Cities (+ Architecture)
Urbs, Civitas, Polis, Orbis
This is not a guide*
Topical note: As advocated below, an interest in the architecture/context relationship has come to the fore in a topical way with the call for curriculum reform by the Architecture Education Declares movement. The movement’s open letter can be read here and it can be signed here
guide is for courses delivered within the School of Architecture and Cities, including architecture and interiors; planning, housing and urban design; tourism and events; and transport and logistics. It concerns what it means to design, to plan and to educate and, particularly, how to educate to design and to plan.
If, as Jeremy Till (2009) has stated, Architecture Depends, then the question that arises concerns upon what does architecture depend and how does it do so? The inside cover of Till’s book responds that architecture depends, “On people, time, politics, ethics, mess: the real world”. We are left, then, with what is perhaps a more difficult question: What is the real world? We are also left with somewhat of a conundrum: does not the real world depend as much on architecture as architecture depends on the real world? To which we might respond, it all depends, but not reciprocally, not equally, in a kind of co-conditioned and co-conditioning, differentiating arising.
Reinier de Graaf (2015) pursues this line of thinking about the conditional or contextual character of architecture in his essay, “I will learn you architecture”, in which he reflects that if he had the opportunity to re-live his architectural education he would spend less time on studying the profession’s intricacies and more time studying its context.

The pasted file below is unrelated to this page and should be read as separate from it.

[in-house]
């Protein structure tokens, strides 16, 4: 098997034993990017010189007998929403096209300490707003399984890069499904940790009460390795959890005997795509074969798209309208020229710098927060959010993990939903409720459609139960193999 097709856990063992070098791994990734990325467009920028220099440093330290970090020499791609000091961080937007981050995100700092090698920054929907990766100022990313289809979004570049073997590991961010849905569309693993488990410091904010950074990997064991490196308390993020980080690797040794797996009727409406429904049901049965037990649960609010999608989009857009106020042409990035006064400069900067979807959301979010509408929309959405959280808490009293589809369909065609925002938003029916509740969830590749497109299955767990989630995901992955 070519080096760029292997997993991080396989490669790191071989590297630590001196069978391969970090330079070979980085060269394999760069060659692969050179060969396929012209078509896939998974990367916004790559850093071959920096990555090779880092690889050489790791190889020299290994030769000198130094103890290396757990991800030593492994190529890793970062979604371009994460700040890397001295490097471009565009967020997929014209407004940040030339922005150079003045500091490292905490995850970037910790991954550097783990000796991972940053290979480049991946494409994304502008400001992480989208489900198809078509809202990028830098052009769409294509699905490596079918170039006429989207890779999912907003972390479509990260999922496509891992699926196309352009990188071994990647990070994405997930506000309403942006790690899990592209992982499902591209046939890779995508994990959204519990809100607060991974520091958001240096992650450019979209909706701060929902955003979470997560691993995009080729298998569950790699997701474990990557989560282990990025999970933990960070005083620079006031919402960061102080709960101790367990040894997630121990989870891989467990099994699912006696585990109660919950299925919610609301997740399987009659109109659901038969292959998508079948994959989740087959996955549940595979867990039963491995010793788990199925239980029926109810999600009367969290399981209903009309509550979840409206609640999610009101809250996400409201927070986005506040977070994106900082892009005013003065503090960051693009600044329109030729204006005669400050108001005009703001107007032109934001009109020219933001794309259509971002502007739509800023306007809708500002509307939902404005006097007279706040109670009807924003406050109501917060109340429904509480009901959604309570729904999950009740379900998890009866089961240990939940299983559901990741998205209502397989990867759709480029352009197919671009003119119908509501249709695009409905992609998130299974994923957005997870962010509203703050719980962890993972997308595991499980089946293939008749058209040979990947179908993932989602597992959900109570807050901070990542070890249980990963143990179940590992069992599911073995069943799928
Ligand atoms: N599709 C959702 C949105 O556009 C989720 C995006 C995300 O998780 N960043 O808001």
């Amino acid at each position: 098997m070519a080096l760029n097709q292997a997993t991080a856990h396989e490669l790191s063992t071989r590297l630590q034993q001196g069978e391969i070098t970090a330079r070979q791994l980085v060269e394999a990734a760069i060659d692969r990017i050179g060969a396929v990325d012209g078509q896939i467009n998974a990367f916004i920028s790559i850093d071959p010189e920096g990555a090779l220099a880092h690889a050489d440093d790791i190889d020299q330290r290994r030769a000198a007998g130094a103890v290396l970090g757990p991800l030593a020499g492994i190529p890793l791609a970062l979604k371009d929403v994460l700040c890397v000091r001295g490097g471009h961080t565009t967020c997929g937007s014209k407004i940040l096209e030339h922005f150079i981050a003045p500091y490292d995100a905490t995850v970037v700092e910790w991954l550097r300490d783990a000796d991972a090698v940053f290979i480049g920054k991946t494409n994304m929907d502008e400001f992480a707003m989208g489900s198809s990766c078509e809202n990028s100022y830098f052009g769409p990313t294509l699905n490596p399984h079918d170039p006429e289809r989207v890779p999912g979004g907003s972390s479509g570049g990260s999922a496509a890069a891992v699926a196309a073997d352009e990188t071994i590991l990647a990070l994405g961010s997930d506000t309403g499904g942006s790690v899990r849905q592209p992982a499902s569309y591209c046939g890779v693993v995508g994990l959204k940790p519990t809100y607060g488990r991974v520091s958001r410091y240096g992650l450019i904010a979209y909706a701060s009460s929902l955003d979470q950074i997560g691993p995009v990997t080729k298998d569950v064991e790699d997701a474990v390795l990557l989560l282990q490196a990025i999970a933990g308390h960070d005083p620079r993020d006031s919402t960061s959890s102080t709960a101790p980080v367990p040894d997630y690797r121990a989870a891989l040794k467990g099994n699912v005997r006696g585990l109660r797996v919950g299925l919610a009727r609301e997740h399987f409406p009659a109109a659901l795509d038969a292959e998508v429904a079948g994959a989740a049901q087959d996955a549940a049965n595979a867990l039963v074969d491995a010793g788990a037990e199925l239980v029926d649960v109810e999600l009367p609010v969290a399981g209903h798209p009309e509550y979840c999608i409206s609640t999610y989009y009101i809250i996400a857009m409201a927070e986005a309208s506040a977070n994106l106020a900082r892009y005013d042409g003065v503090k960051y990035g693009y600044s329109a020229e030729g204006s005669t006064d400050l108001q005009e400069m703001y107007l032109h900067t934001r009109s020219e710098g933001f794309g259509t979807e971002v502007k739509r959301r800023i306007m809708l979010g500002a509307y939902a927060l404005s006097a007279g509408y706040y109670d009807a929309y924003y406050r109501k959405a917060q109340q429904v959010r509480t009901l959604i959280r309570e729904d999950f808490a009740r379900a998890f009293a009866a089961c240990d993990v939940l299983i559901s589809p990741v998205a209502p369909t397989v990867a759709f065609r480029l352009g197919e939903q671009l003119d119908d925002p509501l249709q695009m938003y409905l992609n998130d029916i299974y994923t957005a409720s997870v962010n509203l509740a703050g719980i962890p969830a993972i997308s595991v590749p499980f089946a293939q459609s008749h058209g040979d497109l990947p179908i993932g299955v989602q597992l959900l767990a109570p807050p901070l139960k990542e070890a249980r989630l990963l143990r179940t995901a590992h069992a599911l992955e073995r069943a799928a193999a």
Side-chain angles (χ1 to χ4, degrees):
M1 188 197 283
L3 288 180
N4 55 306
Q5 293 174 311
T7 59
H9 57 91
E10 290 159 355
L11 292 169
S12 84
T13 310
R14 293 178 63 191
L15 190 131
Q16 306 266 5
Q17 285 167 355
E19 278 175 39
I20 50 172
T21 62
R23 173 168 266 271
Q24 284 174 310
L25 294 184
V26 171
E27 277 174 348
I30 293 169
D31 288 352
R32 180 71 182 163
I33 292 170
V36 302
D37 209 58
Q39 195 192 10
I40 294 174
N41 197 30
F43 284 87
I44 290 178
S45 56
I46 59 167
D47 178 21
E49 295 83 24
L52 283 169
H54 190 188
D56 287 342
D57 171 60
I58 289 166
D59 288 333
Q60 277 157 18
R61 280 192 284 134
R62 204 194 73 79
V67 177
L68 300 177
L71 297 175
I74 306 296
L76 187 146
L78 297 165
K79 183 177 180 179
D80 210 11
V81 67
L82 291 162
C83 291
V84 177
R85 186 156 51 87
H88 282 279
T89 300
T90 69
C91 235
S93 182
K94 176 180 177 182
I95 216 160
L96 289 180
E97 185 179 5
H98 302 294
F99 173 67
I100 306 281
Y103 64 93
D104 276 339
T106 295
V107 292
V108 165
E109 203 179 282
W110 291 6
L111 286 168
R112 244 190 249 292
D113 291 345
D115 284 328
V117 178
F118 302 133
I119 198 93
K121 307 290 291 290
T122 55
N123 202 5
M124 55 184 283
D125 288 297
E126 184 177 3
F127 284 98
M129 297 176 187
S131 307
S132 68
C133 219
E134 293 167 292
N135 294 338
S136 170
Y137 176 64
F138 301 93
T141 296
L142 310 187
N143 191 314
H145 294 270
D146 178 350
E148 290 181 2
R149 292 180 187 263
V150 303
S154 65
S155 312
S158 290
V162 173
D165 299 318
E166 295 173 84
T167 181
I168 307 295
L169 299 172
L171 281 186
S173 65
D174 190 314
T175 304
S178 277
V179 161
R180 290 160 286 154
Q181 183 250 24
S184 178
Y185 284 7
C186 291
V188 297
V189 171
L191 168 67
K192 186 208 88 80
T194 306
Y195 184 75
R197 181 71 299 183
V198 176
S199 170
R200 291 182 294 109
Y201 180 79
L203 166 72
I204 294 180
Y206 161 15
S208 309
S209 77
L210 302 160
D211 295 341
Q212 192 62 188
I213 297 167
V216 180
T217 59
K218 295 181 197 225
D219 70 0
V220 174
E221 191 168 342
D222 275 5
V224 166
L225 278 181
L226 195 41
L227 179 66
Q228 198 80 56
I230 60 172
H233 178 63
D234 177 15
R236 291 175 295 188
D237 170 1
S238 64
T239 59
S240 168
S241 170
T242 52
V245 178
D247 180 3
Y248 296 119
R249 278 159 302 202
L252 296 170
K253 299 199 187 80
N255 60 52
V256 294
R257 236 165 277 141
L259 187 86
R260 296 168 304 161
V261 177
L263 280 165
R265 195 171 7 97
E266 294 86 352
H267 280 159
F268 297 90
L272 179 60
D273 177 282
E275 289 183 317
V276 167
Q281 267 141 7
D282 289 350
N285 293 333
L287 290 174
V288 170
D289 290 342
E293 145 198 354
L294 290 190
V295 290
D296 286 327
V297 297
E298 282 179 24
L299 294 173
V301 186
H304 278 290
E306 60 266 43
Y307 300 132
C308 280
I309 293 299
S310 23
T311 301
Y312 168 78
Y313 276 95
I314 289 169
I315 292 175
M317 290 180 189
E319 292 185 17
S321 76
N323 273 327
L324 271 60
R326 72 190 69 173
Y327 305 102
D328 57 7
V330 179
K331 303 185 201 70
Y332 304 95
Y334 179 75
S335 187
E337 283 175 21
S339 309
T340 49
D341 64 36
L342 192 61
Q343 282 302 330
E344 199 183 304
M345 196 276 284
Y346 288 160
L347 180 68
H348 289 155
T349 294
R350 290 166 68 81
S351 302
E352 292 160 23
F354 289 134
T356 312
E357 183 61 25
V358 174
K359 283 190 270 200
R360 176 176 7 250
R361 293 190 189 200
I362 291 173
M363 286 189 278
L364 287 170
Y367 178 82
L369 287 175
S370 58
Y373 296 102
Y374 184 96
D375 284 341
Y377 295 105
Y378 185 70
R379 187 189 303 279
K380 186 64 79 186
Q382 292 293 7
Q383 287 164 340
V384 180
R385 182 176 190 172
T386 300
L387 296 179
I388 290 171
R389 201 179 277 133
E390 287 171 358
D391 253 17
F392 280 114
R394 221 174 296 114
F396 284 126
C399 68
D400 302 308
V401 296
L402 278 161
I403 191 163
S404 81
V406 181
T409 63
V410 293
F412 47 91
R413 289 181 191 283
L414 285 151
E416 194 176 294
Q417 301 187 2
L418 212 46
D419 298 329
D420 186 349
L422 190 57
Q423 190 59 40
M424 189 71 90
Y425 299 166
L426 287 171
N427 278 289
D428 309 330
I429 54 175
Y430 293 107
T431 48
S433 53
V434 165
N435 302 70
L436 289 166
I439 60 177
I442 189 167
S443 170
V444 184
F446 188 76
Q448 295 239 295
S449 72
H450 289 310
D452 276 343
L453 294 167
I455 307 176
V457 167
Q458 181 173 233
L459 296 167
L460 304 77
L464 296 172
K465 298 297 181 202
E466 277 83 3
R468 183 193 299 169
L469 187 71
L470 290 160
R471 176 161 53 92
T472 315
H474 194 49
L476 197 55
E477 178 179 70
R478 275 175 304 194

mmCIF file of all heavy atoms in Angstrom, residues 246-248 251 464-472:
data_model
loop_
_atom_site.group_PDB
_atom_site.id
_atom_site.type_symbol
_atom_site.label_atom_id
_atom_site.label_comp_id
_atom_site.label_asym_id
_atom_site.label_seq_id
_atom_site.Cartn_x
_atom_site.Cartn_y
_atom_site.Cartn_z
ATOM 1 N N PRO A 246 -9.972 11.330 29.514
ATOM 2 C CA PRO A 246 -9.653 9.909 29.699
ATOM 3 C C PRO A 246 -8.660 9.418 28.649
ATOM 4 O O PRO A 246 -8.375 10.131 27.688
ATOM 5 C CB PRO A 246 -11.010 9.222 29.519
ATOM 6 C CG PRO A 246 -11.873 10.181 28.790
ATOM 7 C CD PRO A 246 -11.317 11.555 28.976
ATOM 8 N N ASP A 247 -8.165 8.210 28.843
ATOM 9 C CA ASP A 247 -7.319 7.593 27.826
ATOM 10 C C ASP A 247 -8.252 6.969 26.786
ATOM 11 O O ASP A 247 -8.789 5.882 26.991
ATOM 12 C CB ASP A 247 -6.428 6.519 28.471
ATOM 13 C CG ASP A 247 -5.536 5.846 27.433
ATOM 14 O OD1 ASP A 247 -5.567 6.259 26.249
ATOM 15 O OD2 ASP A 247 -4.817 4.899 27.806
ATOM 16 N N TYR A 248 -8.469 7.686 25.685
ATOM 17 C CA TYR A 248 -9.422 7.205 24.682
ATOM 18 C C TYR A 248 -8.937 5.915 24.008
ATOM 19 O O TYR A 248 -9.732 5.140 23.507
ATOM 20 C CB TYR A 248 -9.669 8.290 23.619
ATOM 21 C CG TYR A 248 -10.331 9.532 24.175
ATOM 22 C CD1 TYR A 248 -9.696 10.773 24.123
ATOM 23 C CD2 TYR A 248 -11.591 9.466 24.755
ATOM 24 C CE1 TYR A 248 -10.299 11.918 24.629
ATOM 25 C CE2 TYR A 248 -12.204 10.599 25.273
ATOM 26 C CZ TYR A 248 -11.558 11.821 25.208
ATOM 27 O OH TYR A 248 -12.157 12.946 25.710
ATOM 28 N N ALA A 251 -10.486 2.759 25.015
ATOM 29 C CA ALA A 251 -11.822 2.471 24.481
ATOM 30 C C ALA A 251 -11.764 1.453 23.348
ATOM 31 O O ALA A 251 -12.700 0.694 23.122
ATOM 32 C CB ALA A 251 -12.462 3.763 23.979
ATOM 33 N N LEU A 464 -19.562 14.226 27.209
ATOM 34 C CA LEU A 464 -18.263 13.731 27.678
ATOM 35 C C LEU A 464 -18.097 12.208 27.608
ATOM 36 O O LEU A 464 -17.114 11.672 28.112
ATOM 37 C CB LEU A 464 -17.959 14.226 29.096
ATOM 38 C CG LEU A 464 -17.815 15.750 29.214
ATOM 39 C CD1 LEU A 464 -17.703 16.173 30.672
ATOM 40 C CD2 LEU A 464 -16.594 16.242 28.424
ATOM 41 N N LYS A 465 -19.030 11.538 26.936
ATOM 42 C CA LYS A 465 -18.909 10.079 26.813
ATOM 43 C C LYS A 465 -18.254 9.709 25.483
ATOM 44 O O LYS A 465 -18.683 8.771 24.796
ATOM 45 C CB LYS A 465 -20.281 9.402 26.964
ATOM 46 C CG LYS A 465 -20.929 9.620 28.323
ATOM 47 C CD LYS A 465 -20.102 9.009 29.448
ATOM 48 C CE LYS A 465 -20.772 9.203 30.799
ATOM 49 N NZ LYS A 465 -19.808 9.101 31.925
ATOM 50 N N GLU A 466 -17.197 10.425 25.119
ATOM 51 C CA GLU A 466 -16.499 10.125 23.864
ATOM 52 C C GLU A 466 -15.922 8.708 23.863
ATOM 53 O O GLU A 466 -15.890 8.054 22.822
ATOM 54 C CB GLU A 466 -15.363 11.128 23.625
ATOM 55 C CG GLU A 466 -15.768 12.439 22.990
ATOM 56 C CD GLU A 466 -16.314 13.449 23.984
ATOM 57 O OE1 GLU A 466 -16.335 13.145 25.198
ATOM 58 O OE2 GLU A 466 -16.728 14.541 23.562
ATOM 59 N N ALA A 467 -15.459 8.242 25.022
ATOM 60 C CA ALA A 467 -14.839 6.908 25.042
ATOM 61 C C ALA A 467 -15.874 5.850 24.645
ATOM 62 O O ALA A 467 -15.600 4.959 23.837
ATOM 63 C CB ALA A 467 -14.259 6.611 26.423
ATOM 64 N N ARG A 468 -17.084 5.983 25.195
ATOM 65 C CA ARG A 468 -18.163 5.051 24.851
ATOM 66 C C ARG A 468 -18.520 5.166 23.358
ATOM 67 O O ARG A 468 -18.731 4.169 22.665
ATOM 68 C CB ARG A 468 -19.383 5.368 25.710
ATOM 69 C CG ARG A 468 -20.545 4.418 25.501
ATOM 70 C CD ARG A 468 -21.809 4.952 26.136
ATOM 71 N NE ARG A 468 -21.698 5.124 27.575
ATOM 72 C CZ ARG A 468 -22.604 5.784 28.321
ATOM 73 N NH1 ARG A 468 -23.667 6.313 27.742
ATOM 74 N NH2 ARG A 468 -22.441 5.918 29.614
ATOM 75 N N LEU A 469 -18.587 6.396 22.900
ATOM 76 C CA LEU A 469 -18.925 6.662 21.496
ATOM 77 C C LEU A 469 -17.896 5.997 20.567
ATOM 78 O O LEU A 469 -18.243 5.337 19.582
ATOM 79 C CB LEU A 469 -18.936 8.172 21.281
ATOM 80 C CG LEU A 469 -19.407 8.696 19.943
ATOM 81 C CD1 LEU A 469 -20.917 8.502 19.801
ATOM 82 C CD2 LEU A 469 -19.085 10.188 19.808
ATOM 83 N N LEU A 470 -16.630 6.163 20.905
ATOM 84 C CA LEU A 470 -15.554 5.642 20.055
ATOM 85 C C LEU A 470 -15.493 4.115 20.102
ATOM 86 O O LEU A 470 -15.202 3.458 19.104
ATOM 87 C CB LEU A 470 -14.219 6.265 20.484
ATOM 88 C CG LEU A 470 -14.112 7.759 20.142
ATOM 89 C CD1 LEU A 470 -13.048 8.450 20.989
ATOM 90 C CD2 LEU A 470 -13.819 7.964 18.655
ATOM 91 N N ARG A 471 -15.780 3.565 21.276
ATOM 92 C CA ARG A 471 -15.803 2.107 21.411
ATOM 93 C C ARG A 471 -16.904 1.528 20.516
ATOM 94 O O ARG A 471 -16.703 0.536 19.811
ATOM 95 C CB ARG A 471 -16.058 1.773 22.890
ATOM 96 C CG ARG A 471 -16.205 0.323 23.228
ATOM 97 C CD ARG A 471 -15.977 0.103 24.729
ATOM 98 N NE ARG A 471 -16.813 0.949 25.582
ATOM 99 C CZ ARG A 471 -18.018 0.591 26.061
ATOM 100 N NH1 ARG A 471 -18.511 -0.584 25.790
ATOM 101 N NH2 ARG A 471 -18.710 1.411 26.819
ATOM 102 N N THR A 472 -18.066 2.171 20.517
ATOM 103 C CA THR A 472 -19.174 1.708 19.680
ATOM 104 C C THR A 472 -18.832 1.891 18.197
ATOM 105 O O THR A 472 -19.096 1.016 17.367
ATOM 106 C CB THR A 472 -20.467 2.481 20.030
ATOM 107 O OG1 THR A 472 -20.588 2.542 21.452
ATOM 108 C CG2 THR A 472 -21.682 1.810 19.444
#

De Graaf (2015: 88) suggests that,
“[w]hen it comes to the education of architects, what I would propose is a reverse play between architecture and its context, a temporary state of emergency in our educational institutions, in which for a particular duration studying the context of architecture takes priority over studying architecture itself.”
guide proposes, then, is that architecture and its cognate disciplines and professions have many contexts, that new contexts are continually generated and, furthermore, that contexts are dynamically constituted: architecture is contextualised but it is also contextualising.
guide therefore seeks to highlight resources that would allow architecture and its cognate disciplines and professions to be studied and understood through that by which it is contextualised and through that which it contextualises. In this way, as Hermann Hertzberger used to say, as cited by De Graaf, it will “learn you architecture”, evoking a reciprocal process in which the question of who teaches whom, of what contextualises what and who guides whom is forever deferred.
* The work evoked (or is it cited?) here is double: both that of Rene Magritte and his painting Ceci n’est pas une pipe, This is not a pipe, and that of Michel Foucault and his book Ceci n’est pas une pipe, This is not a pipe, raising the issue of the relationship between language (or image) as a representational phenomenon and language (or image) as a real phenomenon, a relationship, as far as language goes, deeply embedded in the history of European thought, according to James Harkness (1983), who argues that,
“From antiquity to the present, persistent strains of Western thought have conceived the bond between language and reality as fundamentally mystical, a mutual sharing of essences. In the Old Testament, the Word is the Beginning (of Creation). For the Greeks, Logos connoted both reality and the knowledge (hence expressibility) of reality.”
De Graaf, R. (2015). I will learn you architecture. Volume, 45, 84-91.
Foucault, M. (1983). This is not a pipe. Berkeley, CA: University of California Press.
Harkness, J. (1983) Translator’s introduction. In Michel Foucault, This is not a pipe. Berkeley, CA: University of California Press.
Till, J. (2009). Architecture depends. Cambridge, MA: MIT Press.